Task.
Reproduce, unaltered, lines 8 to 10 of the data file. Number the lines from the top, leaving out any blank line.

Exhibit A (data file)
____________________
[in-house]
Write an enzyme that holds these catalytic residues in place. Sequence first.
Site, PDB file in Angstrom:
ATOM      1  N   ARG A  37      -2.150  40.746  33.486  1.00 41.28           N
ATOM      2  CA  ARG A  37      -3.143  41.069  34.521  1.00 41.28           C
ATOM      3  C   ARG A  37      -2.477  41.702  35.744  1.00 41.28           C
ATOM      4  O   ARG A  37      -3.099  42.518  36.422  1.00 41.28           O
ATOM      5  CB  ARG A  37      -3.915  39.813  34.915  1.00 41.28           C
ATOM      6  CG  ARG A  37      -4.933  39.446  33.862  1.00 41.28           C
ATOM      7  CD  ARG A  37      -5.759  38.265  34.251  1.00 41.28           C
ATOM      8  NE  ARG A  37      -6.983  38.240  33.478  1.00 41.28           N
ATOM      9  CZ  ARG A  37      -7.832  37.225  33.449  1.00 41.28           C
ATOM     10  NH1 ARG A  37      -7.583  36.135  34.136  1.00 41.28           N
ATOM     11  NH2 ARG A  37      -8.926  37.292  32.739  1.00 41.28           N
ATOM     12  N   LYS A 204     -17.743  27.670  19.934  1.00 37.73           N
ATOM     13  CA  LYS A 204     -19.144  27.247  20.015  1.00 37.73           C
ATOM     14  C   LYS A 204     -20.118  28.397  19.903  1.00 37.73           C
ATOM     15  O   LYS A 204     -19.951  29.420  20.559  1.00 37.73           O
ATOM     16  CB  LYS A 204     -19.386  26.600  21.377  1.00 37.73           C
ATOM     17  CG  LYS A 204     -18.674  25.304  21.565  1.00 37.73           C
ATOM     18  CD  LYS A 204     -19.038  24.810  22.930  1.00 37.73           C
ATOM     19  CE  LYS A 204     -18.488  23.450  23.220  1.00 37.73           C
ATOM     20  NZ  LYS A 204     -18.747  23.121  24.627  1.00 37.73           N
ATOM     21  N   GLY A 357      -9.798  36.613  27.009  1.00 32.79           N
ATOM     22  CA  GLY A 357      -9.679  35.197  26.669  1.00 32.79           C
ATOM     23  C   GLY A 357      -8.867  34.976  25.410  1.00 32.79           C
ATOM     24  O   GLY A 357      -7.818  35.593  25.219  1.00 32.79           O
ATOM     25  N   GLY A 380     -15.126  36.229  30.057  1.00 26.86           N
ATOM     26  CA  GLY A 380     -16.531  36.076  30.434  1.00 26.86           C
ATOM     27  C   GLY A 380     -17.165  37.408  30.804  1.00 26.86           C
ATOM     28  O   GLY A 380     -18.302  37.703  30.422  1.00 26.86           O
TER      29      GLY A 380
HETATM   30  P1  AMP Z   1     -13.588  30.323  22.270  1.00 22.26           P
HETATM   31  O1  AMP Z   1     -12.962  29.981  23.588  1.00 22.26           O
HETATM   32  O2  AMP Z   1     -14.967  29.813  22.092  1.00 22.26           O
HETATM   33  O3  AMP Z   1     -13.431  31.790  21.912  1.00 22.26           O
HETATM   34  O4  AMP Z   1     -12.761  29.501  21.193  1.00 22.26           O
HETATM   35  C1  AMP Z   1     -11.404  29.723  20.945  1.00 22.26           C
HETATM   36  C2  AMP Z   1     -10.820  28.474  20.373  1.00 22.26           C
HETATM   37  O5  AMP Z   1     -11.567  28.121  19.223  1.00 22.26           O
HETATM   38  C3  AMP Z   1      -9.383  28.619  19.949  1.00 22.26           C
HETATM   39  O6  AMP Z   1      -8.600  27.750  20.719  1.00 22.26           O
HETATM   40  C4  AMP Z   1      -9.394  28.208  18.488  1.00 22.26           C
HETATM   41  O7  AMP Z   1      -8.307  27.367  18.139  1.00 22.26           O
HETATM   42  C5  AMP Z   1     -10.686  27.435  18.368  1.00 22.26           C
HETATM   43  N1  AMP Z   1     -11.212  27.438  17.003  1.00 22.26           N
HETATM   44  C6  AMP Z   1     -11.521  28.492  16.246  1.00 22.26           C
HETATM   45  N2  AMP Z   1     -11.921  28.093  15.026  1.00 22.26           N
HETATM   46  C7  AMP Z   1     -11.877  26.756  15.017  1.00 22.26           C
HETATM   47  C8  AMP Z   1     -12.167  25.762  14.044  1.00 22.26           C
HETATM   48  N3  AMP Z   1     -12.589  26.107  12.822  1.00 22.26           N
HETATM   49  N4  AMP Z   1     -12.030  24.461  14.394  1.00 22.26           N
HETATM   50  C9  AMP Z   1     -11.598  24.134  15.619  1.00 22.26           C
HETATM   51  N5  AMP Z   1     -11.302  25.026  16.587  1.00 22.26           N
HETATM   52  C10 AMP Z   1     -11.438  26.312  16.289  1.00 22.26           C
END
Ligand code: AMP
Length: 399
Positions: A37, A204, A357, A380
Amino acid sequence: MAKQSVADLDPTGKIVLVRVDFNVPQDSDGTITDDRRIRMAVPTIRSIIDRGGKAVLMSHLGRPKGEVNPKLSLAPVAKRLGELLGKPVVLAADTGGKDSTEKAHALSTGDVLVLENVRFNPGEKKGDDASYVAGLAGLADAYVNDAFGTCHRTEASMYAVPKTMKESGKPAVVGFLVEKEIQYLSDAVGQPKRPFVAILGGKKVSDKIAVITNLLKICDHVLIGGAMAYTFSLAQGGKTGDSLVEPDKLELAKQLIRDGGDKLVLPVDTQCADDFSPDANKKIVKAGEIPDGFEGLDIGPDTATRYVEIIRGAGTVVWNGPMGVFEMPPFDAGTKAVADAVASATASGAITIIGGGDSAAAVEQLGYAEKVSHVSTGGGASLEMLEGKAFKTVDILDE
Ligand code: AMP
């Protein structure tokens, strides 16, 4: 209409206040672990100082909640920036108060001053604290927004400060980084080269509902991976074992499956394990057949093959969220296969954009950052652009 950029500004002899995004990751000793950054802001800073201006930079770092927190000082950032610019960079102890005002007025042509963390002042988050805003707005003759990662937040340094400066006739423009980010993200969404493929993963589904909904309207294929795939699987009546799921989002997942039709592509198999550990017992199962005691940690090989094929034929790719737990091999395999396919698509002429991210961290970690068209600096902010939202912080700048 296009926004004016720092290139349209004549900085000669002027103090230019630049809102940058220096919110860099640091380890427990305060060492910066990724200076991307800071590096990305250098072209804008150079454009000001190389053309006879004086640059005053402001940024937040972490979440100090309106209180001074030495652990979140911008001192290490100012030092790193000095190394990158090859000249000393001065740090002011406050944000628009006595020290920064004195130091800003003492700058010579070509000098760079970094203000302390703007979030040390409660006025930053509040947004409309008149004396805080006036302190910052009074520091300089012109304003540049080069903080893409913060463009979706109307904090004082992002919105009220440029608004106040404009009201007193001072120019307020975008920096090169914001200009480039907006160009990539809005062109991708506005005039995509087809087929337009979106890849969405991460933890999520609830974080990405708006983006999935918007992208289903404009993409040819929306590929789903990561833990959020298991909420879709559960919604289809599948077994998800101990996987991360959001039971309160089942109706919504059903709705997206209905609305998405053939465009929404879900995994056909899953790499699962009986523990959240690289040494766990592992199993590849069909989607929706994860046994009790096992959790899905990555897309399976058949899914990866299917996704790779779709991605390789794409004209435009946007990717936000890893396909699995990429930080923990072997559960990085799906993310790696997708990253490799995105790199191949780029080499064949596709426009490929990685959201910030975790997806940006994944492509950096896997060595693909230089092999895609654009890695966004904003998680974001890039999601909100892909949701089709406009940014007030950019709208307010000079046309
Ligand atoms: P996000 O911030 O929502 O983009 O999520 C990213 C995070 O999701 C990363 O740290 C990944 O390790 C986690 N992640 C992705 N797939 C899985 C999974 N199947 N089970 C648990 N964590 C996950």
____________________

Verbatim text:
ATOM      5  CB  ARG A  37      -3.915  39.813  34.915  1.00 41.28           C
ATOM      6  CG  ARG A  37      -4.933  39.446  33.862  1.00 41.28           C
ATOM      7  CD  ARG A  37      -5.759  38.265  34.251  1.00 41.28           C